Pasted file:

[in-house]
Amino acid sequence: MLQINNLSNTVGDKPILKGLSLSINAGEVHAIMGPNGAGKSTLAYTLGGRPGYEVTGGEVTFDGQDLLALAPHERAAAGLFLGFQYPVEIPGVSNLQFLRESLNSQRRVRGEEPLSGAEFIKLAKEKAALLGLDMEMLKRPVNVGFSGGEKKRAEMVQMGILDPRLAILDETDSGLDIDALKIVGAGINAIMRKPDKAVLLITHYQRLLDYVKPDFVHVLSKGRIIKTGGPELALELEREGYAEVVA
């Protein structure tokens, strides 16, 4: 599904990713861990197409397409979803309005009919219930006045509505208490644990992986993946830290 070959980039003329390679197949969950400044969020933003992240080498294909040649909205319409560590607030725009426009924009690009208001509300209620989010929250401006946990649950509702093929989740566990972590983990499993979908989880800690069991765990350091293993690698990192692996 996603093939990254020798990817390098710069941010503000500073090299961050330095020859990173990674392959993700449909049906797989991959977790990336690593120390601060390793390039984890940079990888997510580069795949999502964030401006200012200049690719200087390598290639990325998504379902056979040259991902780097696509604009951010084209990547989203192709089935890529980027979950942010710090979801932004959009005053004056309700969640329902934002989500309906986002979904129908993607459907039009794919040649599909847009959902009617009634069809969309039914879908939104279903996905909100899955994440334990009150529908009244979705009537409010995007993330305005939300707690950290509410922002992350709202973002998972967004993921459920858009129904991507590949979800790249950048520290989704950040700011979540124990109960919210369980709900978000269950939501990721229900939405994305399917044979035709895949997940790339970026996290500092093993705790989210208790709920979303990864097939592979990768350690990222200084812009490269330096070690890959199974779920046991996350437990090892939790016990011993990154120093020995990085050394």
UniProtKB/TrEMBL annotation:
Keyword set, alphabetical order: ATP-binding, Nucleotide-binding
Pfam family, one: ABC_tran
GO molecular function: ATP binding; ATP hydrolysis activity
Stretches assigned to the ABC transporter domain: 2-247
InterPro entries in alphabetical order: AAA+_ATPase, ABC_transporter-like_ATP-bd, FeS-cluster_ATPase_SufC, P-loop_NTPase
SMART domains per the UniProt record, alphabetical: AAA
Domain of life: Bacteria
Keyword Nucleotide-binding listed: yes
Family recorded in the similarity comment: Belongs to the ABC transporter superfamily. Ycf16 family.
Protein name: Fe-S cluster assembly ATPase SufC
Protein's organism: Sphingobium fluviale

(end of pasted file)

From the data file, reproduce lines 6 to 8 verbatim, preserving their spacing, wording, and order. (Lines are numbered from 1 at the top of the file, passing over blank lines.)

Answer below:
Pfam family, one: ABC_tran
GO molecular function: ATP binding; ATP hydrolysis activity
Stretches assigned to the ABC transporter domain: 2-247